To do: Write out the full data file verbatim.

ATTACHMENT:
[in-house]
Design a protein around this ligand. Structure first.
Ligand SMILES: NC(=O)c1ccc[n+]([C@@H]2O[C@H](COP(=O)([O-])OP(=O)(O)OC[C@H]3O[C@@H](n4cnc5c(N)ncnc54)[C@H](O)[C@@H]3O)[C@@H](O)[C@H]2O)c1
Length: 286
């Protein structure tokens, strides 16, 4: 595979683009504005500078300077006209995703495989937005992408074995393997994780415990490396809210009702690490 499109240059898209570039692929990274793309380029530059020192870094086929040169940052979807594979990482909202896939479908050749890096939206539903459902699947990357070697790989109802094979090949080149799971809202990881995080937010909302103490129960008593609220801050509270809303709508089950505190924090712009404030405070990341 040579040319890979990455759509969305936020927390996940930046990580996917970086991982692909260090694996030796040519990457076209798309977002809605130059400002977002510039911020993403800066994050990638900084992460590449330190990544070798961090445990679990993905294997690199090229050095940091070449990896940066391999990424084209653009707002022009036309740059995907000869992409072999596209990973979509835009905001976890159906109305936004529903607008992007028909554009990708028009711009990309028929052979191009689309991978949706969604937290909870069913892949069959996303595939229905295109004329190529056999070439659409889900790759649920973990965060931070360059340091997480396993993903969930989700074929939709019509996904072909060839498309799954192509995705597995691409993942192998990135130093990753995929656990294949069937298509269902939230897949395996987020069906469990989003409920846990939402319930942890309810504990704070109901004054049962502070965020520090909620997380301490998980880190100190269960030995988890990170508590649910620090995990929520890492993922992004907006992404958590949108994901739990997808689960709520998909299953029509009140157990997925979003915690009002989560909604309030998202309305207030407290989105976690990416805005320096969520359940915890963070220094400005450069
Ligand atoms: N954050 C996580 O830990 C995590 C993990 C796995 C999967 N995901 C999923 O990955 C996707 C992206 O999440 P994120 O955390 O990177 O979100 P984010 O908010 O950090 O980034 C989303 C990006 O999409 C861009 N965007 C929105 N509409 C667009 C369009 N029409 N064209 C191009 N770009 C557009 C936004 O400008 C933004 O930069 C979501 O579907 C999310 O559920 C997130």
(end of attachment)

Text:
[in-house]
Design a protein around this ligand. Structure first.
Ligand SMILES: NC(=O)c1ccc[n+]([C@@H]2O[C@H](COP(=O)([O-])OP(=O)(O)OC[C@H]3O[C@@H](n4cnc5c(N)ncnc54)[C@H](O)[C@@H]3O)[C@@H](O)[C@H]2O)c1
Length: 286
């Protein structure tokens, strides 16, 4: 595979683009504005500078300077006209995703495989937005992408074995393997994780415990490396809210009702690490 499109240059898209570039692929990274793309380029530059020192870094086929040169940052979807594979990482909202896939479908050749890096939206539903459902699947990357070697790989109802094979090949080149799971809202990881995080937010909302103490129960008593609220801050509270809303709508089950505190924090712009404030405070990341 040579040319890979990455759509969305936020927390996940930046990580996917970086991982692909260090694996030796040519990457076209798309977002809605130059400002977002510039911020993403800066994050990638900084992460590449330190990544070798961090445990679990993905294997690199090229050095940091070449990896940066391999990424084209653009707002022009036309740059995907000869992409072999596209990973979509835009905001976890159906109305936004529903607008992007028909554009990708028009711009990309028929052979191009689309991978949706969604937290909870069913892949069959996303595939229905295109004329190529056999070439659409889900790759649920973990965060931070360059340091997480396993993903969930989700074929939709019509996904072909060839498309799954192509995705597995691409993942192998990135130093990753995929656990294949069937298509269902939230897949395996987020069906469990989003409920846990939402319930942890309810504990704070109901004054049962502070965020520090909620997380301490998980880190100190269960030995988890990170508590649910620090995990929520890492993922992004907006992404958590949108994901739990997808689960709520998909299953029509009140157990997925979003915690009002989560909604309030998202309305207030407290989105976690990416805005320096969520359940915890963070220094400005450069
Ligand atoms: N954050 C996580 O830990 C995590 C993990 C796995 C999967 N995901 C999923 O990955 C996707 C992206 O999440 P994120 O955390 O990177 O979100 P984010 O908010 O950090 O980034 C989303 C990006 O999409 C861009 N965007 C929105 N509409 C667009 C369009 N029409 N064209 C191009 N770009 C557009 C936004 O400008 C933004 O930069 C979501 O579907 C999310 O559920 C997130």